What kid doesn’t want that? Fame and riches are well and good but if you are considered one of the best in the world at your position, why would you ever want to leave arguably the best sports team on the planet when you can add to its history?

Sopoaga is right in saying the game has become a business and the "riches of Europe" are going to appeal more and more to "young guys" but going as far as saying "things are starting to change" in relation to the All Blacks is pushing it.

I can’t speak for the likes of the current youthful stars of the All Blacks but it’s fair to say there haven’t been many rumours of them being tempted off-shore by European clubs.

Again, this isn’t a dig at Sopoaga’s choice or anyone else’s for that matter but just a gentle reminder you can’t put a value on the black jersey.

And if you ever need a reminder of that, look up Karl Tu’inukuafe’s debut from earlier this year against France – I think everyone can agree a teary-eyed moment like that is truly priceless.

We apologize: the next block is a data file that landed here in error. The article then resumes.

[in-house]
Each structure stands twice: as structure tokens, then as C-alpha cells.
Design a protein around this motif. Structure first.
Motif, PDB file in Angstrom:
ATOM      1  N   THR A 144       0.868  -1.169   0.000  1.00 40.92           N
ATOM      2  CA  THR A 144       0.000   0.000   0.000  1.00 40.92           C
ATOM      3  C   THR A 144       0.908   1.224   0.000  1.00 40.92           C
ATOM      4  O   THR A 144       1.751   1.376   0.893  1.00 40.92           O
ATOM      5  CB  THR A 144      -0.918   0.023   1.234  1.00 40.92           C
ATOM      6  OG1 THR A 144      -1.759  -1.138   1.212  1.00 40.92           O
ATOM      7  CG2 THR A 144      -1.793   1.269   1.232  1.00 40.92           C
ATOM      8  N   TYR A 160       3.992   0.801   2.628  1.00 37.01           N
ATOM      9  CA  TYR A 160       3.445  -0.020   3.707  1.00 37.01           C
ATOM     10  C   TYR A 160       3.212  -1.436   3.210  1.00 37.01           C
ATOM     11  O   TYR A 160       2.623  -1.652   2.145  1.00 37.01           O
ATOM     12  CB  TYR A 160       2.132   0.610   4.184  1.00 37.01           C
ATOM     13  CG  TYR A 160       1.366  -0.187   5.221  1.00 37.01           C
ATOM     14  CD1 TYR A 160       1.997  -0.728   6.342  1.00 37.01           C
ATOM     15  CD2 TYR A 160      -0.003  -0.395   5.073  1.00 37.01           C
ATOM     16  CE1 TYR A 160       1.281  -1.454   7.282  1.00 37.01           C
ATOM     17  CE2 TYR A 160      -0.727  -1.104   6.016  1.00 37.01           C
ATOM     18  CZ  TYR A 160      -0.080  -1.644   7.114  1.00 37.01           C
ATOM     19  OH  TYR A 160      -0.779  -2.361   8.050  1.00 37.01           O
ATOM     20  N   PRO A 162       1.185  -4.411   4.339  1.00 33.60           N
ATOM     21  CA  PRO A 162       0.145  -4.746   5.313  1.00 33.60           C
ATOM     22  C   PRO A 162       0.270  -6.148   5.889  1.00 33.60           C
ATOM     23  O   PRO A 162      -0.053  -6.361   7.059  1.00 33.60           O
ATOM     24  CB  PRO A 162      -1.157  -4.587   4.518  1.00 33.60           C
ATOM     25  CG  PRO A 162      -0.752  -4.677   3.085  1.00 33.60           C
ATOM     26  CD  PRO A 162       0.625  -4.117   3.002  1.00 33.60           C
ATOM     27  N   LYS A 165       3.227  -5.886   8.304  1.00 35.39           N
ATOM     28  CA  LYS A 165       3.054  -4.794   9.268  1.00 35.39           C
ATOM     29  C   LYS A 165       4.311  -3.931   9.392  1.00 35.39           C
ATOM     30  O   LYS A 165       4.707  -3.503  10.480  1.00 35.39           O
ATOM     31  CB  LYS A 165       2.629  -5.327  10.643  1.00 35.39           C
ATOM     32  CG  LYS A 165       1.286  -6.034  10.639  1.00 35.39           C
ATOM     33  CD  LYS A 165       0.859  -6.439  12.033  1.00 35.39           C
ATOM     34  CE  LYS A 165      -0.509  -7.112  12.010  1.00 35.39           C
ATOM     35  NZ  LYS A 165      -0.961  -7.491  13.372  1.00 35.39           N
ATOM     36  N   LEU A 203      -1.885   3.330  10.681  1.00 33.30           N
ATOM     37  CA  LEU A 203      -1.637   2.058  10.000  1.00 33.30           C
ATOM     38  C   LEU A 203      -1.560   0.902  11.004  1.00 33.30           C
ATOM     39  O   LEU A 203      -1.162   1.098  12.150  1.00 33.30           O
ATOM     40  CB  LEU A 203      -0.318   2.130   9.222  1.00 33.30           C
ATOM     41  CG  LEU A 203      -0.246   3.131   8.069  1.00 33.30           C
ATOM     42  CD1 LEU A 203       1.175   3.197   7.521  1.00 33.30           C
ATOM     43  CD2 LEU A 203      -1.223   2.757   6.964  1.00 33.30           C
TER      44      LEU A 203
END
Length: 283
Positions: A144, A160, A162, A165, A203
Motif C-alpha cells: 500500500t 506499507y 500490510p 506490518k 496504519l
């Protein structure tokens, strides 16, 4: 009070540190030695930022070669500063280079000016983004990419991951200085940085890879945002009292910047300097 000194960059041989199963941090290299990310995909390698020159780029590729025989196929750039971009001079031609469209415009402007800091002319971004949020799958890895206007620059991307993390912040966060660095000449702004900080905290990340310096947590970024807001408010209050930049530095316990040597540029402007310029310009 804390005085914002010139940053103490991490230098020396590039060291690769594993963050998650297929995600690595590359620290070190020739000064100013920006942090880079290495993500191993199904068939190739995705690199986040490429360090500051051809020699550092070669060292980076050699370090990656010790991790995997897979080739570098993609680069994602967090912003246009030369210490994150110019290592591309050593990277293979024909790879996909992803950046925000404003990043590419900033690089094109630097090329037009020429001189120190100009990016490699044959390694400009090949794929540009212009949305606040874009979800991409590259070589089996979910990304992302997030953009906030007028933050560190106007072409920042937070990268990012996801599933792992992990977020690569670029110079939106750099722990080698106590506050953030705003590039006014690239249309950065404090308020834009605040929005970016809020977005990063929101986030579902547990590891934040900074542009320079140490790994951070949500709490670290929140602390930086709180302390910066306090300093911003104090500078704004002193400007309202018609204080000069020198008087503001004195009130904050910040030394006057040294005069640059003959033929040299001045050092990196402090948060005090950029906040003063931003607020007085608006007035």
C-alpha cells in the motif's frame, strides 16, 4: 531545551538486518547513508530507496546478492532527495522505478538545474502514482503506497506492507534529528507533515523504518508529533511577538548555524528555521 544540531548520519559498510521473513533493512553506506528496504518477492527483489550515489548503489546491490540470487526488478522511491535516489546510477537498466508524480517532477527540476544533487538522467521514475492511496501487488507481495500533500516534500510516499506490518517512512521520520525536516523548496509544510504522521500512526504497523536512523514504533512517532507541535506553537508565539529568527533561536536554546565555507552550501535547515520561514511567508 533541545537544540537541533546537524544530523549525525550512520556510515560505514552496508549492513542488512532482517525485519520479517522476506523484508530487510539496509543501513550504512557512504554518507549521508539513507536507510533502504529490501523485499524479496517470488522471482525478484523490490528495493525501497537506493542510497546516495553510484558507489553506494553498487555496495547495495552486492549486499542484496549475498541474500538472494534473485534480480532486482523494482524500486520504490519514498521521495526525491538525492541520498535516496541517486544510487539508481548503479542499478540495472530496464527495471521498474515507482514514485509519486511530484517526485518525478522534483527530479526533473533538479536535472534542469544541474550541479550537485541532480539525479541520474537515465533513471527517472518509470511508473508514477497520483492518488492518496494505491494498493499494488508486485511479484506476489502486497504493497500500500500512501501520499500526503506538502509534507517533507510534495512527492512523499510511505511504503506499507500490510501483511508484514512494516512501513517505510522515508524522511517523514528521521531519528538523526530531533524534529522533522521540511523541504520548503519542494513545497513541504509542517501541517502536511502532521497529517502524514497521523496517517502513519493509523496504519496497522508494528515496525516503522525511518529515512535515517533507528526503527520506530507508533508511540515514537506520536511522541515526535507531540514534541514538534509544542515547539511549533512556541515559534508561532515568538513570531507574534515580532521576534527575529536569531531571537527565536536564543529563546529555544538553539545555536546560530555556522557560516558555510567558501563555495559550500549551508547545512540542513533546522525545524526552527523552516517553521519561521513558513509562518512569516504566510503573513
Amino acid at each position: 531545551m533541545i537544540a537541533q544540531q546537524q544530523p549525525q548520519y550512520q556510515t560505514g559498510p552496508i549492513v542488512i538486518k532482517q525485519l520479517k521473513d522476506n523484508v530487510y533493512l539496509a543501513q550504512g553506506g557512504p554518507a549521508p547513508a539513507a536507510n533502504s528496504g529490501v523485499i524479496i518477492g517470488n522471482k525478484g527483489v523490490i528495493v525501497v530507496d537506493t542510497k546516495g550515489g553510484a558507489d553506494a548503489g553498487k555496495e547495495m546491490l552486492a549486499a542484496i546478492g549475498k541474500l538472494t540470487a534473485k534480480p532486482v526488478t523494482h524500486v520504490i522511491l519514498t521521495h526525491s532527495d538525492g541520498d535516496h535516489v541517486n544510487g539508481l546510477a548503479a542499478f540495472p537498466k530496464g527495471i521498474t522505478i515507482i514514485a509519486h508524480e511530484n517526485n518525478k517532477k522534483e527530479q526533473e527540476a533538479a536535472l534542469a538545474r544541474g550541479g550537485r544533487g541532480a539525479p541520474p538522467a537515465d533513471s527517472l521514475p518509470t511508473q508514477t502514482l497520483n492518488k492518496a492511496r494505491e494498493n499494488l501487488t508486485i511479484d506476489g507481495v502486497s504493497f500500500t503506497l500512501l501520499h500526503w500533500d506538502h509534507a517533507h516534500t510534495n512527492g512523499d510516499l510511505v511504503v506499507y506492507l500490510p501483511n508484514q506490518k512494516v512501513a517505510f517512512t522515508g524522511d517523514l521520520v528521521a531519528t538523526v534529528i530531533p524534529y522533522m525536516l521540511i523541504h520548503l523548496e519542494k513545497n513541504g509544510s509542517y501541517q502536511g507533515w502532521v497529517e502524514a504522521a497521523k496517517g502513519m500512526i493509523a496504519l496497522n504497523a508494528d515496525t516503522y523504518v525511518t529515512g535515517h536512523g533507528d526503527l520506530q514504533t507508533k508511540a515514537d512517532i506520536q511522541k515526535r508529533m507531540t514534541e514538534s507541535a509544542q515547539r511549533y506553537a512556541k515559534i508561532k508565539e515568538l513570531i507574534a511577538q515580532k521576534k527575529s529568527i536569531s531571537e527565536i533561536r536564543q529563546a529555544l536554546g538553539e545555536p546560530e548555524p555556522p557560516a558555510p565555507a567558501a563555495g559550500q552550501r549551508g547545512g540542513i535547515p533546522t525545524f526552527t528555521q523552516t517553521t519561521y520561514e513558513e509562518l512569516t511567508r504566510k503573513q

COVENTRY, ENGLAND - SEPTEMBER 08:  Lima Sopoaga of Wasps offloads the ball during a Premiership Rugby match between Wasps and Exeter Chiefs at Ricoh Arena on September 8, 2018 in Coventry, United Kingdom.  (Photo by David Rogers/Getty Images)
Lima Sopoaga of Wasps offloads the ball during a Premiership Rugby match between Wasps and Exeter Chiefs at Ricoh Arena in Coventry, United Kingdom. Source: Getty



Watch: NZ Sevens stars surprise AIMS Games athletes with trophies from successful World Cup campaigns

Three New Zealand Sevens players have surprised thousands of students in Tauranga with both the men's and women's Sevens Rugby World Cup trophies.

Scott Curry, Ruby Tui and Risaleaana Pouri-Lane visited the AIMS Games at Blake Park today, signing autographs and more importantly taking selfies with the students.

Curry told 1 NEWS "the cup is New Zealand's cup" and to see the reaction from those lining up for a photo is why the teams work so hard.

He added it's "pretty cool for kids to be involved in sevens" and hopes he can inspire others to the join the game.

Black Fern Ruby Tui says it's "amazing" to see women's rugby growing in popularity.

She says people are "getting onboard" understanding the women's results and competitions.

"The Prime Minister know what's going on in our season," she says.